August 22, 2012

Want a Stronger Authorial Voice In Your Writing? Write Like You Talk and LET GO.

We hear a lot about voice, how it's one of the most important things that agents and publishers look for when taking on an author. In the past I've given you my take on what voice is (for my purposes, when I'm blogging about voice I'm almost ALWAYS targeting authorial voice-the voice you bring as the author-not your character's voice or the narrative's style, but your own personal writing style, what makes your writing uniquely yours). If you missed my other post on it, it's here. Now I'd like to talk about one of the biggest ways that you can infuse your own unique voice into your work without doing anything drastic.

 Very simply put, you write like you talk.

What does this mean? It means pretending that the reader is right there in the room with you as you write. It means acting like the words you put on the page are the ones that would naturally come out of your mouth.Your writing should feel intimate, confident--you're talking to a dear friend after all. It's all about you letting down your defenses and letting this person glimpse the you only those closest to you ever see.

When you're talking to someone this close to you are you ever worried about sounding smart or witty? No, you're concentrating more on conveying the story in the clearest, most entertaining way possible and on building your relationship with them. You want them to laugh with you if the story is funny or cry with you if it's sad. Your natural need for them to do this is infused into how you tell the story from the start because you're most concerned with helping them understand why this story was so important for you to tell in the first place. I think sometimes writers (I'm talking about myself here too) get caught up in trying to sound like a writer. They use words/sentence structure that they would never in a million years use under normal circumstances with the hopes that it will somehow elevate the story or make their writing sound stronger when ultimately it sucks their voice right out of the story. It's crucial, especially in that all important first draft that you let the most unchecked part of yourself, the rawest part speak.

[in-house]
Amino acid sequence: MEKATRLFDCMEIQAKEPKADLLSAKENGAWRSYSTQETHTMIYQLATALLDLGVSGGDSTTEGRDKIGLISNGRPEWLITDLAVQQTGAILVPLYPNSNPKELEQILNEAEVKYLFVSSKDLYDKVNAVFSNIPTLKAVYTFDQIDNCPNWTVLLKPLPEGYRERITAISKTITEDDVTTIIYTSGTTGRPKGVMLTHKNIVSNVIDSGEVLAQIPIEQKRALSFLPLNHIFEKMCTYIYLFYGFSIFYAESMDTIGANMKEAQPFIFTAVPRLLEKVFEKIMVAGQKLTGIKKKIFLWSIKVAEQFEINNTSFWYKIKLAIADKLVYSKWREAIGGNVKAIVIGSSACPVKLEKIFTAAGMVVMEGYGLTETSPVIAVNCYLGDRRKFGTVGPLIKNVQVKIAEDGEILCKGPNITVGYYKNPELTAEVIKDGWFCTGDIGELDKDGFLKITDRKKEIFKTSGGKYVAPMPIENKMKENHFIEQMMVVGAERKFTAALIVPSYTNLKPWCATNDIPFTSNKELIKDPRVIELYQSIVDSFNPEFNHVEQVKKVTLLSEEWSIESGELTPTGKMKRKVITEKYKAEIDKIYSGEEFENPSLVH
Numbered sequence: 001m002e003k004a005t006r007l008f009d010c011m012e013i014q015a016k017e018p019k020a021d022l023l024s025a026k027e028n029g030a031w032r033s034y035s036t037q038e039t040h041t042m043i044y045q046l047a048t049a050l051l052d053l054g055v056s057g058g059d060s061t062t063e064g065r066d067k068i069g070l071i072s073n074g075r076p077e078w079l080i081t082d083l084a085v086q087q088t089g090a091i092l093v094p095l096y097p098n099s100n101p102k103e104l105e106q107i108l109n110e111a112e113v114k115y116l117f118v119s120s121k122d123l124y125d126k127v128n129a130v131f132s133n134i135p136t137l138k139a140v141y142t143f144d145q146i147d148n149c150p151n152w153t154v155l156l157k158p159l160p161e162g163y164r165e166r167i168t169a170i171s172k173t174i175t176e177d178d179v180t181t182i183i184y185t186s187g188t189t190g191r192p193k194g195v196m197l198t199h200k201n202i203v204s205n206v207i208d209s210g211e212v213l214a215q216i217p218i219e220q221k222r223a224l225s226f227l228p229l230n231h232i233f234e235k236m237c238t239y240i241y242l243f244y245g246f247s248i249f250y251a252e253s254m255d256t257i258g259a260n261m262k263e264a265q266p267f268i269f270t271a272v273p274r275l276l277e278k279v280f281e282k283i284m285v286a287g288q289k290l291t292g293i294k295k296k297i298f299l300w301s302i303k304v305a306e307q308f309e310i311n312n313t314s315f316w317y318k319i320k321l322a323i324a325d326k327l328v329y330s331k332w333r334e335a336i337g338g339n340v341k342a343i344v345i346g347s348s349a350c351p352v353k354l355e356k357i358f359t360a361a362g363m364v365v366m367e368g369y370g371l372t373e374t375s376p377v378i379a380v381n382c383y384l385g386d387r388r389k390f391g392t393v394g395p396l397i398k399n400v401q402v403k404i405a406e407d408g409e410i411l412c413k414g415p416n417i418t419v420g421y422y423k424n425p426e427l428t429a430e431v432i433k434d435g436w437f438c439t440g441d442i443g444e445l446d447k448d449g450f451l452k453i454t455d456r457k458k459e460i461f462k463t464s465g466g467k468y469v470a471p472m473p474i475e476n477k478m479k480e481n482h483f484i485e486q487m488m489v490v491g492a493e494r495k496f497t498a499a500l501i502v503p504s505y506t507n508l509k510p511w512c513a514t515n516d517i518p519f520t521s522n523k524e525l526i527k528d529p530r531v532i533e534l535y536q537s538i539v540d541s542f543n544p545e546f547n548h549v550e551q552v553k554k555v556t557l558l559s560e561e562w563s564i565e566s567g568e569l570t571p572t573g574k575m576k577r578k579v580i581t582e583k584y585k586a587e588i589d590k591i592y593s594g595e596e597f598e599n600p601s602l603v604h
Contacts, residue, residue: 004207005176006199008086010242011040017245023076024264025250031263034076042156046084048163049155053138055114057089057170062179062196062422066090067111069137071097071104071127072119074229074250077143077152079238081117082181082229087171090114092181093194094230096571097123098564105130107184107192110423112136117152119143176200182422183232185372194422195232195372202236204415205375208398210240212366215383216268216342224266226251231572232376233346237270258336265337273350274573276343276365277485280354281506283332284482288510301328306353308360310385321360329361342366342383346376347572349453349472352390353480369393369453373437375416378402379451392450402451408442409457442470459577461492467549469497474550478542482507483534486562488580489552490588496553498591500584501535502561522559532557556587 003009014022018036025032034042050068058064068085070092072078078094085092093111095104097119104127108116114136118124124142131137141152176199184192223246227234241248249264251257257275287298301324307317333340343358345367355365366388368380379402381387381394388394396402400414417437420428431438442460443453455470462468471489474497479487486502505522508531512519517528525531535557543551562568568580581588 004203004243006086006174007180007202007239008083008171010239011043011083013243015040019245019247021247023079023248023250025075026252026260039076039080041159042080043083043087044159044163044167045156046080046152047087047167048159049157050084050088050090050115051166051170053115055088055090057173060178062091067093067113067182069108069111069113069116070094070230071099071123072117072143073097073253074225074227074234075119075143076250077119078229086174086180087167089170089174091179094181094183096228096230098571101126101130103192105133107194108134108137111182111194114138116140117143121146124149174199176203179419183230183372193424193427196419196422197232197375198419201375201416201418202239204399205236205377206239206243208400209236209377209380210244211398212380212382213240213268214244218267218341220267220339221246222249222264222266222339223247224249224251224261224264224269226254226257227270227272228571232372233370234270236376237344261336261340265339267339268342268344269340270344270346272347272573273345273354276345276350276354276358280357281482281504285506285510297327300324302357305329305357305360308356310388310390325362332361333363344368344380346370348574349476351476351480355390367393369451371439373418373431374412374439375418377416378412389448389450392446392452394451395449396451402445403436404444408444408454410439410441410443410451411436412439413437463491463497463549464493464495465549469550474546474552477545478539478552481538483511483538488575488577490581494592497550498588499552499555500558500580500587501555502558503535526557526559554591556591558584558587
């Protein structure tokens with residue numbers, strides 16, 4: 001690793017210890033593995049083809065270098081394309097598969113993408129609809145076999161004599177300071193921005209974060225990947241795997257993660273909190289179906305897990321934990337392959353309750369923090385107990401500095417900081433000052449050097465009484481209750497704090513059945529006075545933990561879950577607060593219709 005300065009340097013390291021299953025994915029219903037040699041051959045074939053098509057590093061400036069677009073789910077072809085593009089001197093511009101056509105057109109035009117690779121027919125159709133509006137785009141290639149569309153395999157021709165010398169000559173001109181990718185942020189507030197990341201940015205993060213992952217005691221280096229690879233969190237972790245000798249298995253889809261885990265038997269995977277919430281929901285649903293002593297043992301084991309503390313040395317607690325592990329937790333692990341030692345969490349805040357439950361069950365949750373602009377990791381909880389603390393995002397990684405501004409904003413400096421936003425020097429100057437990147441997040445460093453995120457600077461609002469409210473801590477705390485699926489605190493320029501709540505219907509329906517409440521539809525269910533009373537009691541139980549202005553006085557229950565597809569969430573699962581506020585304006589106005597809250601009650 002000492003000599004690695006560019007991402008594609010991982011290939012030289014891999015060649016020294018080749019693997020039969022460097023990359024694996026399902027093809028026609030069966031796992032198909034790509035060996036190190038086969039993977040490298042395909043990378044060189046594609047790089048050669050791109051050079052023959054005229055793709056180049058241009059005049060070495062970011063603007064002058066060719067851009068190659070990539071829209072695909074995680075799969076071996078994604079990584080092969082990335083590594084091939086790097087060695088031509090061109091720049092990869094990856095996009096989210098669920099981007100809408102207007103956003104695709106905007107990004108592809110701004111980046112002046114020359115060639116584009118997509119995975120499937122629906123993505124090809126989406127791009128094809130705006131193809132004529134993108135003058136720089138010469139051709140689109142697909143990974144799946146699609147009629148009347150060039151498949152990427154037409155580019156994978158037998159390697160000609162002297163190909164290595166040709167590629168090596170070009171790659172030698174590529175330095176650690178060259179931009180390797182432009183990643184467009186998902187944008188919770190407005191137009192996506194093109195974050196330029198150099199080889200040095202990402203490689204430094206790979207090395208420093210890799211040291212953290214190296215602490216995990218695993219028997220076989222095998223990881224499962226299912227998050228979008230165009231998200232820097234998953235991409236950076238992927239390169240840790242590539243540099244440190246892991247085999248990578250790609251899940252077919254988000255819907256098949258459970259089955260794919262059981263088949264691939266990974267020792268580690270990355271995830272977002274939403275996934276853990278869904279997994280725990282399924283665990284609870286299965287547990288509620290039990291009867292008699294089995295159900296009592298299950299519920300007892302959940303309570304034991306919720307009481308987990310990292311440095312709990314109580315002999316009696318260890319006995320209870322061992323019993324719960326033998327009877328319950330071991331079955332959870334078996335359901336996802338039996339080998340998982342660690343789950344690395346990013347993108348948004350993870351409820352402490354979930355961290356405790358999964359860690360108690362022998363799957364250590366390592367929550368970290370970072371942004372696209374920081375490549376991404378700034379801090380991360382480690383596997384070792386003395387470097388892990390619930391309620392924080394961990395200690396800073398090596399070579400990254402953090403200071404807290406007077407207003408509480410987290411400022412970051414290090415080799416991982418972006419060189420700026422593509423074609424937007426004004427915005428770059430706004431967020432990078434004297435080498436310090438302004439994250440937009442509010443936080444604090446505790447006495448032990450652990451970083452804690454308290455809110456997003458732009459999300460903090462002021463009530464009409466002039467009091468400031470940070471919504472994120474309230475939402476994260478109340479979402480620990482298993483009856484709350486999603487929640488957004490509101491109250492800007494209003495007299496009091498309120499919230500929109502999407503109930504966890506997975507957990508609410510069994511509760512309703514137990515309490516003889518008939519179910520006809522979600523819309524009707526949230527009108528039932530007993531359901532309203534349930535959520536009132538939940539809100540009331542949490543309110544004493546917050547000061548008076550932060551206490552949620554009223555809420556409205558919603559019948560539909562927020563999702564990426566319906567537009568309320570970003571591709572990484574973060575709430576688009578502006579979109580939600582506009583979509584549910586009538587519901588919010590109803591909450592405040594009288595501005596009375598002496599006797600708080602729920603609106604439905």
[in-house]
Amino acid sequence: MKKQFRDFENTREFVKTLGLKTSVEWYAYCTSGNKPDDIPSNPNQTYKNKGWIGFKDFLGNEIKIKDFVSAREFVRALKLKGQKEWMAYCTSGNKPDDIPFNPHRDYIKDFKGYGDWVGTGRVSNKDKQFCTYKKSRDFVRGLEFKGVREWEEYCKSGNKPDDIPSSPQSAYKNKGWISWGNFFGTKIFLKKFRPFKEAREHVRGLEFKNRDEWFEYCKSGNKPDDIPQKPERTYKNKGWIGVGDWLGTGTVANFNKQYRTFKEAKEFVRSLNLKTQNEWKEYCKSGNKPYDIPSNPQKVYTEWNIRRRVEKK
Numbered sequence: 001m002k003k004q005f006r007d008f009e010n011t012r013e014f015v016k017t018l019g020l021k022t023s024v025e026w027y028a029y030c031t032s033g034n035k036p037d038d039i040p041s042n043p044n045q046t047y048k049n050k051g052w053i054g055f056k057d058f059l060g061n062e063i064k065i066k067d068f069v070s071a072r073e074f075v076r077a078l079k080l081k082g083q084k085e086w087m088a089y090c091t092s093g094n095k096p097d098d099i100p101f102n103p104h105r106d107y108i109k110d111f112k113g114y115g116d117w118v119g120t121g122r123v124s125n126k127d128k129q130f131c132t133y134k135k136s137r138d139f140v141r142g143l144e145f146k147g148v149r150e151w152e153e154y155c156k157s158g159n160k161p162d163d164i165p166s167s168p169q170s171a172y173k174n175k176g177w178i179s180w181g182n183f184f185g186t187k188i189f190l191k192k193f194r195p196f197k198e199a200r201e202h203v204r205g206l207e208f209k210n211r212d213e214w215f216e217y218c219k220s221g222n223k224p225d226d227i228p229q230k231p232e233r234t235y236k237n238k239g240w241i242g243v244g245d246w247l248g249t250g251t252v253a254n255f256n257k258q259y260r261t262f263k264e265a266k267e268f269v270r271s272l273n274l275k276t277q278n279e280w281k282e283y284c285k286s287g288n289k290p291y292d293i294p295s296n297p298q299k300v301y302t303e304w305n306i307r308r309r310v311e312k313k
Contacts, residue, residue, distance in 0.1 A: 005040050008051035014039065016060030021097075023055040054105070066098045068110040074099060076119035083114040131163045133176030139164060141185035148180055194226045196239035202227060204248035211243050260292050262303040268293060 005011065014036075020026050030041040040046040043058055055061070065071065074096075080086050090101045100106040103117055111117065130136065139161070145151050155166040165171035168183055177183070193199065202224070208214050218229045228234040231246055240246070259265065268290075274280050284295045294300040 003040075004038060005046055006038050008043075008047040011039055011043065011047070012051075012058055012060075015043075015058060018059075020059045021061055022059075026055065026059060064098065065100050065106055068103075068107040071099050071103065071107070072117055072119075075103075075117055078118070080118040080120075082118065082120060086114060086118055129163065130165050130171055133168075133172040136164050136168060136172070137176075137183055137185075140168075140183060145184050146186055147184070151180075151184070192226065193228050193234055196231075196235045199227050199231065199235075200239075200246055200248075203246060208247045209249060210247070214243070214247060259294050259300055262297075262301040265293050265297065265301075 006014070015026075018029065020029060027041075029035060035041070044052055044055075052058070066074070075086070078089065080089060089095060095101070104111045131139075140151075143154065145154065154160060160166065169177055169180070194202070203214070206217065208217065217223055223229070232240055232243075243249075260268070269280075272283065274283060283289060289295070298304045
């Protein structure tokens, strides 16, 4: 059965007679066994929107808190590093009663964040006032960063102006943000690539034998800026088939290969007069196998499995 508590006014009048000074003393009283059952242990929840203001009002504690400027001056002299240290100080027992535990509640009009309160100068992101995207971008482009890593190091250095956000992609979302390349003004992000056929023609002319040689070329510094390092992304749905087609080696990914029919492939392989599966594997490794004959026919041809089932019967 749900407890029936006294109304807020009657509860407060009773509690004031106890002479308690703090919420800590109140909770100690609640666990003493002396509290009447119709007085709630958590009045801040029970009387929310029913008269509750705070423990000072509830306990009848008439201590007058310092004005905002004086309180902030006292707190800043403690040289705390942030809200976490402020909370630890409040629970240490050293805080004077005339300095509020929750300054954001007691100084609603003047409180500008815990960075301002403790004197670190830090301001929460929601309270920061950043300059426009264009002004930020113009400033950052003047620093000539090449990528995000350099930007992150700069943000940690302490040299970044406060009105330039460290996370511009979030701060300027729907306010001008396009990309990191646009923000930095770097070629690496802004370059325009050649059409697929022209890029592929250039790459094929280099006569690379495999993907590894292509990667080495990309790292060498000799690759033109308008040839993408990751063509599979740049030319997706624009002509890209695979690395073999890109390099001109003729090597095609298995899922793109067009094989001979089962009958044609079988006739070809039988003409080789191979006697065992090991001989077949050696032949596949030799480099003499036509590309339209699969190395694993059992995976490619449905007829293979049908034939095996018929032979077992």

So how do you know if you're writing with less authorial voice than you could be?

1. You're purposely put words into your writing that you would find in a Jane Austen or Dickens novel that would get you weird stares if you folded them into a conversation with your neighbor next door...and you're not writing a historical novel.

2. You are trying to sound Harvard educated if you know what I mean. This is a trap I think writers in MFA programs and who prize intellect above all things make the most. They're sounding pretentious to please the literary critiquers or to fake a pedigree.